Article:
14. Teochew Kueh
Distinctly different from nyonya kueh, teochew kueh, such as png kueh, soon kueh and chwee kueh, comes with savoury fillings. Be it preserved radish, yam rice or turnips, teochew kueh is filling enough to pass off as breakfast alone.
Yong’s Teochew Kueh
Reminiscent of our grandmothers’ teochew kueh, Yong’s Teochew Kueh sells the usual array of kueh, which is hearty and filling. The kueh skin is smooth, and even though it’s slightly thick, that’s an added advantage when pan-frying as the skin wouldn’t break as easily. If you’ve been looking high and low for Cabbage Kueh, it’s sold here, and the cabbage stuffing is generous.
Address: 150 East Coast Road, Singapore 428837
Telephone: 6345 6798
Opening Hours: 7am till sold out (best to go before 5pm, or call to order)
Jian Bo Shui Kueh
Literally translated as ‘water cake’, the kueh itself is soft and smooth, complementing the large amounts of savoury chye poh (preserved radish) which is sprinkled fried with sesame seeds. The chye poh is so good that customers are always requesting more, and the friendly store owners will gladly accommodate their cravings. What’s astounding is that the stall still mills its own rice to make rice flour, which is used for making shui kueh!
Address: Tiong Bahru Market #02-05,Tiong Bahru Market, Singapore 161084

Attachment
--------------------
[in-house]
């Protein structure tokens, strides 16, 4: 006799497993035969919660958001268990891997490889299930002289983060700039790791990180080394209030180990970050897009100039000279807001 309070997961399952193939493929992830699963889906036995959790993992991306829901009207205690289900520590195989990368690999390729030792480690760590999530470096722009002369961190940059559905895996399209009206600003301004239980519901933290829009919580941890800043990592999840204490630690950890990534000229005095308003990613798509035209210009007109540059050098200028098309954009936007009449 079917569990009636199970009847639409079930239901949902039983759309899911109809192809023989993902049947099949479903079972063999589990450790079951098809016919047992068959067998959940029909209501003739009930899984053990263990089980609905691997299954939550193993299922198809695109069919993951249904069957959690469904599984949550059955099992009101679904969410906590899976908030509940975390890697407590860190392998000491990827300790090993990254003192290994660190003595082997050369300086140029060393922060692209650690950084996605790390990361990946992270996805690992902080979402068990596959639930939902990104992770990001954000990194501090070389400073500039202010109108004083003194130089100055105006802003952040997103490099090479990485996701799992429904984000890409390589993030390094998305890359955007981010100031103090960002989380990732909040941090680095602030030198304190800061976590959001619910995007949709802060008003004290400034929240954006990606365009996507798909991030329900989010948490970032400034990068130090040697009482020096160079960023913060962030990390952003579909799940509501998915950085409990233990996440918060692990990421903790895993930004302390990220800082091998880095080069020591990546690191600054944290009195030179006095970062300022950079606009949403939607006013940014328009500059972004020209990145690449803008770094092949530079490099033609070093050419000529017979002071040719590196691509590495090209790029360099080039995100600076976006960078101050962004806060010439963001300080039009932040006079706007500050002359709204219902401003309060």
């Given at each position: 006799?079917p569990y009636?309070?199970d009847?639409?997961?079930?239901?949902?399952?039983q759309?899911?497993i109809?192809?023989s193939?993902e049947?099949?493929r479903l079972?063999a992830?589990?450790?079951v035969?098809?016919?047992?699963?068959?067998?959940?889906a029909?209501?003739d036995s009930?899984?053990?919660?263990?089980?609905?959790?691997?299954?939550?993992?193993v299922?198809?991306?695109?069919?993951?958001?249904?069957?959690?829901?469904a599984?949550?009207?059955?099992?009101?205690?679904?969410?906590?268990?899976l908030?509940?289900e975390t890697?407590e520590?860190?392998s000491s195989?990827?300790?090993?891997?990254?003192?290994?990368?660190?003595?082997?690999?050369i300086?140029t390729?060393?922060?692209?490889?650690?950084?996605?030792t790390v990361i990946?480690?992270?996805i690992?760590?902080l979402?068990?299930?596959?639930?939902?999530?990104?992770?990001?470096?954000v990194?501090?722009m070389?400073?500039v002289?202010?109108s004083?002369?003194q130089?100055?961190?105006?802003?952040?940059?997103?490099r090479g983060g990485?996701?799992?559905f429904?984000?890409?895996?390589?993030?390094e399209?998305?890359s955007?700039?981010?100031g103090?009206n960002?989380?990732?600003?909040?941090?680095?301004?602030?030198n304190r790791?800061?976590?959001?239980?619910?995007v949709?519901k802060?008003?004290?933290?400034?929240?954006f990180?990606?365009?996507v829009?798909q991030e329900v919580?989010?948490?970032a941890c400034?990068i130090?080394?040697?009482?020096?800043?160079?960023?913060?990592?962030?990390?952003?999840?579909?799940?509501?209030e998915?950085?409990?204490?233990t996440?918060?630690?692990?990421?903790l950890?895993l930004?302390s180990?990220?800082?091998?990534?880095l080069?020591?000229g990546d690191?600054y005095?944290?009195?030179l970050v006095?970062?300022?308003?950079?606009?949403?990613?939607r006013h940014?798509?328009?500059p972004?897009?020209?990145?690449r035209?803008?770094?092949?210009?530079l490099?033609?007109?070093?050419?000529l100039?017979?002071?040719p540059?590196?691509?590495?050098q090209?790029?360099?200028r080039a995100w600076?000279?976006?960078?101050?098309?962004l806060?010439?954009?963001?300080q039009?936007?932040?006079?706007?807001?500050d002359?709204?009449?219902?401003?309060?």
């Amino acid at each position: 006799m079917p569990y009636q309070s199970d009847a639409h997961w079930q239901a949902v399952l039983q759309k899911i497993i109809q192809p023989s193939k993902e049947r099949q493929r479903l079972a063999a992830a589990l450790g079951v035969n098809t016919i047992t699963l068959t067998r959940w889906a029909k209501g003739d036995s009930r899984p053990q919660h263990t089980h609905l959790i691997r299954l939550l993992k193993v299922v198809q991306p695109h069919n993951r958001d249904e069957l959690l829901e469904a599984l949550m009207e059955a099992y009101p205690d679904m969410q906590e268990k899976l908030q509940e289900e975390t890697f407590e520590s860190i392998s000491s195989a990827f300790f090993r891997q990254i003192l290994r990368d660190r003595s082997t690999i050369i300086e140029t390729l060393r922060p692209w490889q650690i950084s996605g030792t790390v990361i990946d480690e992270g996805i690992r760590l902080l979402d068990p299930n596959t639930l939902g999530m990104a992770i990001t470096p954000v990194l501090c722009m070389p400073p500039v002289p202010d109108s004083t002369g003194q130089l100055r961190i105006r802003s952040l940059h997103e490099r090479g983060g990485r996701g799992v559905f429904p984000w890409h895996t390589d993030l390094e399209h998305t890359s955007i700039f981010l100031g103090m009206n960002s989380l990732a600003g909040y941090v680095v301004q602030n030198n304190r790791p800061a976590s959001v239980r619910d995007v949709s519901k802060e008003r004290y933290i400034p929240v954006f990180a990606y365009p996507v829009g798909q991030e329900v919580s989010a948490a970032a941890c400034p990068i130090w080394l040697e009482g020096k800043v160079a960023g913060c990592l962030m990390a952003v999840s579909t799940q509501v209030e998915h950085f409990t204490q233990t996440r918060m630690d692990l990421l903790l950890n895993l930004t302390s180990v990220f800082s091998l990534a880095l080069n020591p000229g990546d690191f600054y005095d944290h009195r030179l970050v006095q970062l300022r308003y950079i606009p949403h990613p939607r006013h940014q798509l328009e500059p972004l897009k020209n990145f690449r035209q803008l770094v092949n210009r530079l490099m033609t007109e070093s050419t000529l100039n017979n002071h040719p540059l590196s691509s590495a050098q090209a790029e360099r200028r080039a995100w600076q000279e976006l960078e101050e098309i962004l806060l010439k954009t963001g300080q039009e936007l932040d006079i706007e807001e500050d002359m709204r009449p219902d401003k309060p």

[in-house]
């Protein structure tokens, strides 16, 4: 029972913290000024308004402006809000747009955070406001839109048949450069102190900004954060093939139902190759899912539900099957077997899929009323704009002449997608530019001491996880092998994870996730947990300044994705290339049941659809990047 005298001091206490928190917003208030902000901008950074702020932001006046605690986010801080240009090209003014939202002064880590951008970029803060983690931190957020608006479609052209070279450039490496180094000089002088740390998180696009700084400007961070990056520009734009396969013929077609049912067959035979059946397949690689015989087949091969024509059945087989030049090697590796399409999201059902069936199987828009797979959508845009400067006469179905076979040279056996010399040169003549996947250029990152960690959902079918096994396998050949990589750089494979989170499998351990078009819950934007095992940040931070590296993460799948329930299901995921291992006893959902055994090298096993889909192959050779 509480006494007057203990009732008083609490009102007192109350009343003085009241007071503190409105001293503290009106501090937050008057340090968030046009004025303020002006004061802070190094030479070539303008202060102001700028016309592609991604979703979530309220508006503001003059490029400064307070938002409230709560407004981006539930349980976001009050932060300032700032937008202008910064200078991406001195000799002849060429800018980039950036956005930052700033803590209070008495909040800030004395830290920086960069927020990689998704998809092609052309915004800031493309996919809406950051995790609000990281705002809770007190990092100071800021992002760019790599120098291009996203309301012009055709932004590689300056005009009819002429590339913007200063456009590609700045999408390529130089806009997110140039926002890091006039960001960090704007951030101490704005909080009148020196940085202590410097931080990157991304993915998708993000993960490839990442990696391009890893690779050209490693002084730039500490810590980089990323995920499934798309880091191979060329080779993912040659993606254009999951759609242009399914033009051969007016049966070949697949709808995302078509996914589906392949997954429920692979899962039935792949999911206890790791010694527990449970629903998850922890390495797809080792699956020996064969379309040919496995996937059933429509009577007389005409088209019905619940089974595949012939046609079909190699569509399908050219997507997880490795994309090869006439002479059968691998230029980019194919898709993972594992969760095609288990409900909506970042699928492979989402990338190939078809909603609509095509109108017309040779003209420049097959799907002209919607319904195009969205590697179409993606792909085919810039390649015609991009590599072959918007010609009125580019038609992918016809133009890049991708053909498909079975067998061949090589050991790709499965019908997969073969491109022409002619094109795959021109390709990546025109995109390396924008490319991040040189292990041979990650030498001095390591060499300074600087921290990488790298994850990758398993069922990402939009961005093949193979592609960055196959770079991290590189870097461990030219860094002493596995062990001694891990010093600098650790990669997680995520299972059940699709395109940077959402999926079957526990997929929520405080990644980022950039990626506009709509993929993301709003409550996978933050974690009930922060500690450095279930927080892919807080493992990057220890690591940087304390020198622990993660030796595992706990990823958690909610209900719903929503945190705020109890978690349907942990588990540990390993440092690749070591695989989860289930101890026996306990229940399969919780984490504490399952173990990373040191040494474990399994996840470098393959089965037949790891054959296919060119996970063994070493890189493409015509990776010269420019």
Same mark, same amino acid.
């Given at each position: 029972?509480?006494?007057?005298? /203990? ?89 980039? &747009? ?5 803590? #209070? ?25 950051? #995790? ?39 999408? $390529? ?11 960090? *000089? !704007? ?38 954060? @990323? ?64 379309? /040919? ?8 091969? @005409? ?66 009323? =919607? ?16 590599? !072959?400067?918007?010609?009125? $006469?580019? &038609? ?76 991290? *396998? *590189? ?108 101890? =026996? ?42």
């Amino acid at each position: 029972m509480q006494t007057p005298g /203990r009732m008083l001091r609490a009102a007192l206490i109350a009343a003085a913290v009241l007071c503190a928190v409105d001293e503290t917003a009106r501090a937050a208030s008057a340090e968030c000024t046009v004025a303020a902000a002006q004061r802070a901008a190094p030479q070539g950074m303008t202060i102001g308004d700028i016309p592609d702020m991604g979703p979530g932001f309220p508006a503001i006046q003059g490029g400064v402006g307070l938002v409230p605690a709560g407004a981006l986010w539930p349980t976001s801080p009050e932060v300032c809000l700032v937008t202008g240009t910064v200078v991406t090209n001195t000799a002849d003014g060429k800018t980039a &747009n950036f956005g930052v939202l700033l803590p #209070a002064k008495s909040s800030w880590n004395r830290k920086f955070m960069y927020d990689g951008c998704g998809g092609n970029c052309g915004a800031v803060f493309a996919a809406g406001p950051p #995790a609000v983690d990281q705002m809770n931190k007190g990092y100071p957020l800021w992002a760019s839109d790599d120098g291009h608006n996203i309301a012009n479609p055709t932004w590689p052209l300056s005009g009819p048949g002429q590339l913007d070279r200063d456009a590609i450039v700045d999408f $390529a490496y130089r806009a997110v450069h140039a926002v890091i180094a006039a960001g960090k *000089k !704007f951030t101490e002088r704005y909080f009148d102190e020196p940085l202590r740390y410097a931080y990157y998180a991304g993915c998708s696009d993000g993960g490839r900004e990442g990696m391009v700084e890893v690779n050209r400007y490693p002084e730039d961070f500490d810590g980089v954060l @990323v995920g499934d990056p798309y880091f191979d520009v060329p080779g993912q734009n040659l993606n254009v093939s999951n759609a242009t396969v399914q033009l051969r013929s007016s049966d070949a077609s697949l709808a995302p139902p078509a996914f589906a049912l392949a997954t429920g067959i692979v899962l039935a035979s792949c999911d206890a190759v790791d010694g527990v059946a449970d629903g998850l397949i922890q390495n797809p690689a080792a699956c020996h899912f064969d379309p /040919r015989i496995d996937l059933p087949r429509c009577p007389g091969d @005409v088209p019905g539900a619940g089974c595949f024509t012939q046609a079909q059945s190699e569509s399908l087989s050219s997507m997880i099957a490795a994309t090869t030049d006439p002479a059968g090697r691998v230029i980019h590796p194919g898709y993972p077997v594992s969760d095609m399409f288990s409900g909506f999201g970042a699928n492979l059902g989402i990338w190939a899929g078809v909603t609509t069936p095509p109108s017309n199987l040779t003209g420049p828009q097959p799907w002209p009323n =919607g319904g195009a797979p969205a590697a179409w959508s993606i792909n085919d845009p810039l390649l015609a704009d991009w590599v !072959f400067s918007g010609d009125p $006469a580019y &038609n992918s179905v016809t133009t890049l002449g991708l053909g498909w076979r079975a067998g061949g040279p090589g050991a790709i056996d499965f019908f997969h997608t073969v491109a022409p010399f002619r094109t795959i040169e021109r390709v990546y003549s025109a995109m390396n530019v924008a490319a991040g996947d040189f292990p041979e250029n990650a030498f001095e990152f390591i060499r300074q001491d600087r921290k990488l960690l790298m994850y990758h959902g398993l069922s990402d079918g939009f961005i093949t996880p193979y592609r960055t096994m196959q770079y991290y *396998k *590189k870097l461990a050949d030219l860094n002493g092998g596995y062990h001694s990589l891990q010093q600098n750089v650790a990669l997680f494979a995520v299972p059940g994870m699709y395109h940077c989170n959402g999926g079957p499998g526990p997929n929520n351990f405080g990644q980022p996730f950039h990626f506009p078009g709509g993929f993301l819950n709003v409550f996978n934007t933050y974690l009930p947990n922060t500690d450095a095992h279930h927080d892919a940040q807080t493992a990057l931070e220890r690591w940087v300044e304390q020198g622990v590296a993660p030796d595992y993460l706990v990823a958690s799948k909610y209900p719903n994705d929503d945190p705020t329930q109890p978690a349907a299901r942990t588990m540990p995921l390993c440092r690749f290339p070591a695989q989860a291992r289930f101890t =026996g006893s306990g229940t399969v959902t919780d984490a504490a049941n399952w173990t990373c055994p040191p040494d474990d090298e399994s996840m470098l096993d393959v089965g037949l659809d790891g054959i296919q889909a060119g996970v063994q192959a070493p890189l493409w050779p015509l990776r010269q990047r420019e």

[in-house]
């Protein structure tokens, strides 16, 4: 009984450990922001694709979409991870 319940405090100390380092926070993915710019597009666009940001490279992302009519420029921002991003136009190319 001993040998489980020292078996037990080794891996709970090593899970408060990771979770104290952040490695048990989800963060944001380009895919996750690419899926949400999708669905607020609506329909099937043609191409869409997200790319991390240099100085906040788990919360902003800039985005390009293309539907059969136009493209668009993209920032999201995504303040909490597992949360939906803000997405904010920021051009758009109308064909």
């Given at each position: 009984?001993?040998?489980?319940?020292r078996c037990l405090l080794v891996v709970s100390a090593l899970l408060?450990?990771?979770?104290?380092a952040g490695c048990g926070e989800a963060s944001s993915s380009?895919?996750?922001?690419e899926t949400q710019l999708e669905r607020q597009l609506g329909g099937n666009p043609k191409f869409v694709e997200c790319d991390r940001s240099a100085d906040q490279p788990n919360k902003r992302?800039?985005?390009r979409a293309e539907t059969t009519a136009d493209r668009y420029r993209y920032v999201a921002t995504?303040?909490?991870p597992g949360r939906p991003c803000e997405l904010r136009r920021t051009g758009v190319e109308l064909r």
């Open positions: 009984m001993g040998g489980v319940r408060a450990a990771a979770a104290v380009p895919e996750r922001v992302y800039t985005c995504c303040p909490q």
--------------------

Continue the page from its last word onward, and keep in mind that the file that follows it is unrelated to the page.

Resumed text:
Opening Hours: 6:30am – 11pm
15. Mee Chiang Kueh
Mee chiang kueh, or traditional peanut pancake, is usually cooked as a large, round pancake, before it is cut into smaller pieces. Besides peanut, common flavours like red bean and coconut are available. To me, a good mee chiang kueh is messy to eat – it should have a generous amount of peanut-sugar filling, sandwiched between the thick, chewy pancake.
Tanglin Halt Original Peanut Pancake
This stall’s mee chiang kueh hasn’t changed much over the years – instead of using baking soda which most stalls use today, the owners still use a mother dough made with yeast, which gives a nice, savoury and fragrant flavour. Furthermore, instead of using ready-made ground peanuts, they still roast and grind their own peanuts. That’s how homemade everything is!